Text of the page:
The Post/New corn production and harvested area estimates for MY 2013/14 have been revised upward, based on updated official data from SAGARPA. These statistics include the preliminary final results of the 2013/14 fall/winter crop cycle as well as the final figures for the 2013 spring/summer crop cycle. Market analysts have stated that results for the 2013/14 fall/winter crop cycle (MY 2013/14) have been better than previously estimated due to higher yields registered in Sinaloa, reflecting favorable weather conditions and higher planted area. As of May 31, 2014, Sinaloa had produced 1.595 MMT of corn, or 30 percent higher than the level obtained last year at the same date. As a result, it is expected total domestic corn production will reach 4.8 MMT in the 2013/14 fall/winter crop cycle, against 4.2 MMT initially estimated.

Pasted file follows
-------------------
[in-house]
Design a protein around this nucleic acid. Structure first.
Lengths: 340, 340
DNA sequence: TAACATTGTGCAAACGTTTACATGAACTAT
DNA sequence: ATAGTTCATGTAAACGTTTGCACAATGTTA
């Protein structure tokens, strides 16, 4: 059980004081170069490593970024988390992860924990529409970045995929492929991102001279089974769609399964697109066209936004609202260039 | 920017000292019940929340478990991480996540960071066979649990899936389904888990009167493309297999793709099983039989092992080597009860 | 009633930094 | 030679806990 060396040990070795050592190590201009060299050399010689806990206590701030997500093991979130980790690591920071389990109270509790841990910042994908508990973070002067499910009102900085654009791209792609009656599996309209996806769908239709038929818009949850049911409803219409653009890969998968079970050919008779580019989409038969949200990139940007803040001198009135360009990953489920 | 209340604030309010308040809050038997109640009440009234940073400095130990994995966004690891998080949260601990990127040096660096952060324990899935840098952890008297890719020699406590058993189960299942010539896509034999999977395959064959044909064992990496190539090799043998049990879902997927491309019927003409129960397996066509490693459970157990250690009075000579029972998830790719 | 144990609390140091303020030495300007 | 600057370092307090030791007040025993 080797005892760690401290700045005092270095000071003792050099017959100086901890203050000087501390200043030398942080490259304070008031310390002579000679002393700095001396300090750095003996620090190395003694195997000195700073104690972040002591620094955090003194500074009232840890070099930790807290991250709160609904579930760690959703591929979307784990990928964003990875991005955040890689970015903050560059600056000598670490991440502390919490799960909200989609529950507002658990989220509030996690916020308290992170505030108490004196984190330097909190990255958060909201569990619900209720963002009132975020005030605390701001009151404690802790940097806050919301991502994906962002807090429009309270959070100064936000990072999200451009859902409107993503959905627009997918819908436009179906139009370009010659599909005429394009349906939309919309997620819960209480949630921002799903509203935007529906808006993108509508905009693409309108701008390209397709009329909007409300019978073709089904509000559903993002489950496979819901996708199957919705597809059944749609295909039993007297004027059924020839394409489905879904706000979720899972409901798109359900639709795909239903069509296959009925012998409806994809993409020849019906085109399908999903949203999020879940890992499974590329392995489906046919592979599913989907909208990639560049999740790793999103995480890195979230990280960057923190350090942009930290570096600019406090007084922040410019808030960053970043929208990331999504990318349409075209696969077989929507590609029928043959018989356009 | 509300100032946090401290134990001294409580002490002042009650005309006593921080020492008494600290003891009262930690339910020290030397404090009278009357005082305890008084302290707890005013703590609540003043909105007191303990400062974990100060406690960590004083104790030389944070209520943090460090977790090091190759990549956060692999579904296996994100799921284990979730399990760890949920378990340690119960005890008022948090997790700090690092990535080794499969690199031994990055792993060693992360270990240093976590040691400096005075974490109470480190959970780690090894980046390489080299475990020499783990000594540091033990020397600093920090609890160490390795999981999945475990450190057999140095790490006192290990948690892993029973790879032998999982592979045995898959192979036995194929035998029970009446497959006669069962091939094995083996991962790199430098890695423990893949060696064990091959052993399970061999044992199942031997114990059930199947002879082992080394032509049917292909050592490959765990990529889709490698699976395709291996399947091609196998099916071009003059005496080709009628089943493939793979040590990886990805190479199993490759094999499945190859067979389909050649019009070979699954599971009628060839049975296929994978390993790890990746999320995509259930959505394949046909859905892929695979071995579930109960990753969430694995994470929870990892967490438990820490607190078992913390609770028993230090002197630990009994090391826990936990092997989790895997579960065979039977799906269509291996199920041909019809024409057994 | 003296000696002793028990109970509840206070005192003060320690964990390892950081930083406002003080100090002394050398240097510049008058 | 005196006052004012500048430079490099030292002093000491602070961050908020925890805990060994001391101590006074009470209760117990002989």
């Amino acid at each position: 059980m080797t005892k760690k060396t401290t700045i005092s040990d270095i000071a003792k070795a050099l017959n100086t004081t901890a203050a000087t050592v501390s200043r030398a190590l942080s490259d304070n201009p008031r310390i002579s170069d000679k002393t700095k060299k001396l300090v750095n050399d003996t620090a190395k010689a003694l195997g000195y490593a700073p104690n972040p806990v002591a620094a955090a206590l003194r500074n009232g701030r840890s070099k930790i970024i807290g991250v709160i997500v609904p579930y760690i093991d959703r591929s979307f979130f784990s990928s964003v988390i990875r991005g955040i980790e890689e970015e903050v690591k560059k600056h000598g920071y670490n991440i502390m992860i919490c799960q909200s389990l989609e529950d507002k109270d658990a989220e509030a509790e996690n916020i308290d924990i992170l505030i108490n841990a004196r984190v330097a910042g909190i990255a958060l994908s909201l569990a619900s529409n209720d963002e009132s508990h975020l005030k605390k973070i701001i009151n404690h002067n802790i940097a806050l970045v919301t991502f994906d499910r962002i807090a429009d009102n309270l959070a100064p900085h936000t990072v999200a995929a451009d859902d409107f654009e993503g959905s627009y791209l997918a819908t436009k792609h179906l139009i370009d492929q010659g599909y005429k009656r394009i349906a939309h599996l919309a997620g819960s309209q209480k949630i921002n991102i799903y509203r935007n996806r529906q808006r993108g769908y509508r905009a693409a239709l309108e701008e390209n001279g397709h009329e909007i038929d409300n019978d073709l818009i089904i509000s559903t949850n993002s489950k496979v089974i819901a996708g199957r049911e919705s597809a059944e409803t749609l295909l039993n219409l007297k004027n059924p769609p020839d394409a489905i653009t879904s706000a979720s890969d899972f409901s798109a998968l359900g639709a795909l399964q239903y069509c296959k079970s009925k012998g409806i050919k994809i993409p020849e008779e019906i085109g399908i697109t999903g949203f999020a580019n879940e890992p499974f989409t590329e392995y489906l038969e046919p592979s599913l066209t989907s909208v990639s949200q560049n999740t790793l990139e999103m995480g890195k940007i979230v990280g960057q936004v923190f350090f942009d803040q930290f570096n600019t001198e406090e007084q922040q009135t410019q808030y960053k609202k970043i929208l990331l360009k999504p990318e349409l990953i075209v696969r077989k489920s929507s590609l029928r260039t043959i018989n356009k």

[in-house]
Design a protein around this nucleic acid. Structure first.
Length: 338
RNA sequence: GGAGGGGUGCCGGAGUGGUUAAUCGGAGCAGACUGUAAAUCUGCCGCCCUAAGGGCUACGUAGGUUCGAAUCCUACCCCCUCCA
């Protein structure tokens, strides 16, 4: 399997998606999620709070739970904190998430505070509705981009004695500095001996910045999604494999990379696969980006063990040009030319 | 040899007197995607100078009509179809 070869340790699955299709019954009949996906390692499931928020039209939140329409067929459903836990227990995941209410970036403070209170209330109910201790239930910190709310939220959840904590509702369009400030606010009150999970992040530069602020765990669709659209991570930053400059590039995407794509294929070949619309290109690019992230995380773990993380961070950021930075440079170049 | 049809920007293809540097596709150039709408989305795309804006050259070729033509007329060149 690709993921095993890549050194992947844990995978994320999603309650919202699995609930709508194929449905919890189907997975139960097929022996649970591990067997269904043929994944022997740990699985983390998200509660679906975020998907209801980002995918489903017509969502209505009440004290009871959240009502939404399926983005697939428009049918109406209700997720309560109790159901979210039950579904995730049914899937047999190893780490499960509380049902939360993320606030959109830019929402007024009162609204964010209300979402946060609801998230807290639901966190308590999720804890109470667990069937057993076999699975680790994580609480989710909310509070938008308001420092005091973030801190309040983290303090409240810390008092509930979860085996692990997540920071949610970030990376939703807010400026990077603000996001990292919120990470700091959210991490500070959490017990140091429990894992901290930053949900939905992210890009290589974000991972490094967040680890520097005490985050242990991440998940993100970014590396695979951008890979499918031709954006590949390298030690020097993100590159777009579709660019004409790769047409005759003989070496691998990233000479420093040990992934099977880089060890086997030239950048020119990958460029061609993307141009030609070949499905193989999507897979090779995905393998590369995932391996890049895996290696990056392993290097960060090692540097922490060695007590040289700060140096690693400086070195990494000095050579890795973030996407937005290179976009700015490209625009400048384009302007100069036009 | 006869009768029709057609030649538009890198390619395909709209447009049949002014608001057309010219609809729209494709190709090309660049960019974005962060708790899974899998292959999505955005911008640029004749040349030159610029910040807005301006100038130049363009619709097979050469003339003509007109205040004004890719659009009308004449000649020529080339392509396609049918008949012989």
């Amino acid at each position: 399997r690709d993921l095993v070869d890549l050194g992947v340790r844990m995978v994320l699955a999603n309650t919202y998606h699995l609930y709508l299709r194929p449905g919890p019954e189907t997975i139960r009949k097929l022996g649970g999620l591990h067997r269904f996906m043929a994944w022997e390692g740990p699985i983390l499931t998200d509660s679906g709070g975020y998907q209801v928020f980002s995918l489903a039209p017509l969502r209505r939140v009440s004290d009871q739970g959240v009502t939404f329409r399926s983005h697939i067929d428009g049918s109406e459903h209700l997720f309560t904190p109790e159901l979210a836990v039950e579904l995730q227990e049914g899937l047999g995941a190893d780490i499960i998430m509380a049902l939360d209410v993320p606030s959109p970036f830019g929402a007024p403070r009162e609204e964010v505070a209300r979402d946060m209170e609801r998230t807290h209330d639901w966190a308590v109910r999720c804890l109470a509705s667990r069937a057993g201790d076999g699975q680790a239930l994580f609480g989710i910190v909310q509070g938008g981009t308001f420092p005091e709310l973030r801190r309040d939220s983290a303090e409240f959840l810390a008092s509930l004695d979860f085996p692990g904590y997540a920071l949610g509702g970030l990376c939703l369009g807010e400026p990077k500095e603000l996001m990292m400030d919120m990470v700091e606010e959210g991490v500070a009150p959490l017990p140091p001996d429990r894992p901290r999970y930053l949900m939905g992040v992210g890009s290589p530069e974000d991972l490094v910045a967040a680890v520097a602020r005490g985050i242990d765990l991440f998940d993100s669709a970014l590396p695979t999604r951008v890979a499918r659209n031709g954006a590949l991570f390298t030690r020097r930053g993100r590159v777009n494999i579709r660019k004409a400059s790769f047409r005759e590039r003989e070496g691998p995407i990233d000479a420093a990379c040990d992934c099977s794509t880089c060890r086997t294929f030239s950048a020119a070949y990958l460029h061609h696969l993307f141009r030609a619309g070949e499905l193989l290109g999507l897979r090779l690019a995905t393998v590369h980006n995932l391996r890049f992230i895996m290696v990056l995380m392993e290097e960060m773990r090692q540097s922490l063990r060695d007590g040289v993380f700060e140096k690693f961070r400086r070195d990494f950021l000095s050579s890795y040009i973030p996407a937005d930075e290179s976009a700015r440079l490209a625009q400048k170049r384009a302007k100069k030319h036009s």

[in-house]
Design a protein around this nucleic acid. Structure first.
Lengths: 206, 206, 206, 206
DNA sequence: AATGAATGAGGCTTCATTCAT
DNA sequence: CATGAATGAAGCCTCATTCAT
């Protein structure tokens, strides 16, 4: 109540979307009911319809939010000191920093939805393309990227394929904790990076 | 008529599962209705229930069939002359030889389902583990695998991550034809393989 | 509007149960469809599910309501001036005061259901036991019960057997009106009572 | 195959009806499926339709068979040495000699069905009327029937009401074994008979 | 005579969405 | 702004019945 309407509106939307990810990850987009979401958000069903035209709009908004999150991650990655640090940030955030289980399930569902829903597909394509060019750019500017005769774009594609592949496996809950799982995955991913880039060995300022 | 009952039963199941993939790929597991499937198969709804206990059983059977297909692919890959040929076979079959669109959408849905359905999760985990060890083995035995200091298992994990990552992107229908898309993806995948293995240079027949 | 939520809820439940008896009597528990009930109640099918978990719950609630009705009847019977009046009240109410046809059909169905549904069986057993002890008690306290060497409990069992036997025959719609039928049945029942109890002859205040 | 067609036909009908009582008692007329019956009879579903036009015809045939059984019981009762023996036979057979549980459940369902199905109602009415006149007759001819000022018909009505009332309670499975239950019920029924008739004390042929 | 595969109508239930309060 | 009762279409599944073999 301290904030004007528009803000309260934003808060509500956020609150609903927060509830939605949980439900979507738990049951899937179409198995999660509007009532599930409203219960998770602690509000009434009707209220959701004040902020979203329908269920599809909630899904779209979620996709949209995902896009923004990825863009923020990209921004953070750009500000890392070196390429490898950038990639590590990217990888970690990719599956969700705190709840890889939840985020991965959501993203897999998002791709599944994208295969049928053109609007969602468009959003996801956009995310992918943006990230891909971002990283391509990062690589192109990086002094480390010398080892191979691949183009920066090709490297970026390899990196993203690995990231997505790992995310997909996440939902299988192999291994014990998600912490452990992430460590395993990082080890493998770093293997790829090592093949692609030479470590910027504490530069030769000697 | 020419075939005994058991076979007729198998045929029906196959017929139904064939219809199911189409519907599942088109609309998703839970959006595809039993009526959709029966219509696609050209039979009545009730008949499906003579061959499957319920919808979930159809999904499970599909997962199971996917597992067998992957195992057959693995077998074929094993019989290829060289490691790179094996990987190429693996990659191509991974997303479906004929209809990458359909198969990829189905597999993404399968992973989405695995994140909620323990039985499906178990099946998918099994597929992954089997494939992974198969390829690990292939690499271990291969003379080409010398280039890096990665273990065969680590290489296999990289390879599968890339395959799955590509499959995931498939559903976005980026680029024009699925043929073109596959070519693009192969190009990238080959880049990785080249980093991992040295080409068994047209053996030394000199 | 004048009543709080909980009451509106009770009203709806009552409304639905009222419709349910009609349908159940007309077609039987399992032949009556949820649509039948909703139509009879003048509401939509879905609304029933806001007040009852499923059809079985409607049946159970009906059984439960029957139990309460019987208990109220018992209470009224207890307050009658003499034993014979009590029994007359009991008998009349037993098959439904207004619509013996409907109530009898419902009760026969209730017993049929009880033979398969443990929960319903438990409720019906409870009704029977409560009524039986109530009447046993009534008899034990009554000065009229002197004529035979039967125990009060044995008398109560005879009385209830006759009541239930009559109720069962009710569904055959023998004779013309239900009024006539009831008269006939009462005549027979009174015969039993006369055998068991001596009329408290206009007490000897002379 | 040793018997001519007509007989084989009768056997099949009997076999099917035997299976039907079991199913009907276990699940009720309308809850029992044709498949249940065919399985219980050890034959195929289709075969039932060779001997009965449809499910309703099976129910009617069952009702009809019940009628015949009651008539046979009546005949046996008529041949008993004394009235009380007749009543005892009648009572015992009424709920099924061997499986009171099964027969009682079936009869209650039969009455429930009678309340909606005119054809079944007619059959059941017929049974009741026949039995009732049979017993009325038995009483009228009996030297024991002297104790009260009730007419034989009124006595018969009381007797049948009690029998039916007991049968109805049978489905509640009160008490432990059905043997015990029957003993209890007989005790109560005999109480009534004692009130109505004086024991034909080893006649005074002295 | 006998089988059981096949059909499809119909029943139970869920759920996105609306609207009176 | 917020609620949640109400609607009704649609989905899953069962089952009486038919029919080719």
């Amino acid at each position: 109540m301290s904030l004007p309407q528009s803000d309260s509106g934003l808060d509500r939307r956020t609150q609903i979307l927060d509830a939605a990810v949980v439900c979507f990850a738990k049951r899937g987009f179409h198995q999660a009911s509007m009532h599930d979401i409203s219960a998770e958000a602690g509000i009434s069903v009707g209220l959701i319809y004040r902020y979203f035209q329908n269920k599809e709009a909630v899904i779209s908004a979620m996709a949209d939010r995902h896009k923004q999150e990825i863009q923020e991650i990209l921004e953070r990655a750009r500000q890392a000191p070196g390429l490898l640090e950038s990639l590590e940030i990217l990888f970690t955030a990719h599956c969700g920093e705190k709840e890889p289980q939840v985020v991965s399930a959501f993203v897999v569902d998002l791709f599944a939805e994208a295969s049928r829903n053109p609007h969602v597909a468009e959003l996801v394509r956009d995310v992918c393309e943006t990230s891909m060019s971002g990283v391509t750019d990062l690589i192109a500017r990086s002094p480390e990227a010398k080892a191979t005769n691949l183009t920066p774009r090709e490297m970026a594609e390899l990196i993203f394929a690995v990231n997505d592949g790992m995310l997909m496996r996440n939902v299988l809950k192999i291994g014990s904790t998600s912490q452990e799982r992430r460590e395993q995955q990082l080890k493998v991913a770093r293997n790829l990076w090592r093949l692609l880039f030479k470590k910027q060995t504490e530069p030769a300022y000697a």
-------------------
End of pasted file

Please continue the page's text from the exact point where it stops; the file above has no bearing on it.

The Post/New total corn import estimate for MY 2013/14 has been revised downward from USDA/Official data to 10.7 MMT, based on official data from the General Customs Directorate of the Secretariat of Finance (SHCP) and SAGARPA for the first eight months of this marketing year. The revised data reflects the impact of higher than previously estimated domestic production. Similarly, in comparison with the USDA/Official estimate, the Post/New export estimate for MY 2013/14 has been decreased to 400,000 MT in order to reflect official data from SAGARPA and the SHCP, for the first eight months of this marketing year.
The Post/New ending stocks estimate for MY 2014/15 is less than the USDA/Official estimate (2.21 MMT) as a result of lower than expected production. Similarly, the Post/New ending stocks estimate for MY 2013/14 has been revised downward to 2.26 MMT from USDA/Official estimate, due to lower than previously expected imports. The ending stocks estimate was reflected in the carry over for the MY 2014/15 which was also adjusted downward.